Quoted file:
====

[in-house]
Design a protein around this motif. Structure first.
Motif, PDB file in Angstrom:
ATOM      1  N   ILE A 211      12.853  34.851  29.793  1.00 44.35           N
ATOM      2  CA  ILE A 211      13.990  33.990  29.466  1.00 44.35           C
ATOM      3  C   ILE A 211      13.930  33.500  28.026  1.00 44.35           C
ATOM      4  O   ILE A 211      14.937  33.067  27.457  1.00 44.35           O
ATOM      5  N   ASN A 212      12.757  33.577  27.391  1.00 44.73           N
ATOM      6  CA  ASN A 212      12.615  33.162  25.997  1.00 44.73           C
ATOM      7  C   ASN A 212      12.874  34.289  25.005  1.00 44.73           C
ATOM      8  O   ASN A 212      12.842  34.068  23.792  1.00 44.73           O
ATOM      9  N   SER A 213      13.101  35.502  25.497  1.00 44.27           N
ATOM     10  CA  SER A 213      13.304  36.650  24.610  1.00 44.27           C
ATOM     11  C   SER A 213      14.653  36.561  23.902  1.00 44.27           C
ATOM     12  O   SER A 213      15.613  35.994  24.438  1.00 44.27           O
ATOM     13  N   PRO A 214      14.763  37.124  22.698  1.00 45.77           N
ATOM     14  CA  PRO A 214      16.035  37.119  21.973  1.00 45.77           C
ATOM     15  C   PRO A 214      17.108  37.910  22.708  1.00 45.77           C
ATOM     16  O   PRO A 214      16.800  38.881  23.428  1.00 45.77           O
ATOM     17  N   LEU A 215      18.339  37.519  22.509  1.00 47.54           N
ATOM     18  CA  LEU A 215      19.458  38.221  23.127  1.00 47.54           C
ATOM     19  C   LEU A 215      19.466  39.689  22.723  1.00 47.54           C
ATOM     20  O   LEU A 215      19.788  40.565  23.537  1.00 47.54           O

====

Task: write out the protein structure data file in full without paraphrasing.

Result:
[in-house]
Design a protein around this motif. Structure first.
Motif, PDB file in Angstrom:
ATOM      1  N   ILE A 211      12.853  34.851  29.793  1.00 44.35           N
ATOM      2  CA  ILE A 211      13.990  33.990  29.466  1.00 44.35           C
ATOM      3  C   ILE A 211      13.930  33.500  28.026  1.00 44.35           C
ATOM      4  O   ILE A 211      14.937  33.067  27.457  1.00 44.35           O
ATOM      5  N   ASN A 212      12.757  33.577  27.391  1.00 44.73           N
ATOM      6  CA  ASN A 212      12.615  33.162  25.997  1.00 44.73           C
ATOM      7  C   ASN A 212      12.874  34.289  25.005  1.00 44.73           C
ATOM      8  O   ASN A 212      12.842  34.068  23.792  1.00 44.73           O
ATOM      9  N   SER A 213      13.101  35.502  25.497  1.00 44.27           N
ATOM     10  CA  SER A 213      13.304  36.650  24.610  1.00 44.27           C
ATOM     11  C   SER A 213      14.653  36.561  23.902  1.00 44.27           C
ATOM     12  O   SER A 213      15.613  35.994  24.438  1.00 44.27           O
ATOM     13  N   PRO A 214      14.763  37.124  22.698  1.00 45.77           N
ATOM     14  CA  PRO A 214      16.035  37.119  21.973  1.00 45.77           C
ATOM     15  C   PRO A 214      17.108  37.910  22.708  1.00 45.77           C
ATOM     16  O   PRO A 214      16.800  38.881  23.428  1.00 45.77           O
ATOM     17  N   LEU A 215      18.339  37.519  22.509  1.00 47.54           N
ATOM     18  CA  LEU A 215      19.458  38.221  23.127  1.00 47.54           C
ATOM     19  C   LEU A 215      19.466  39.689  22.723  1.00 47.54           C
ATOM     20  O   LEU A 215      19.788  40.565  23.537  1.00 47.54           O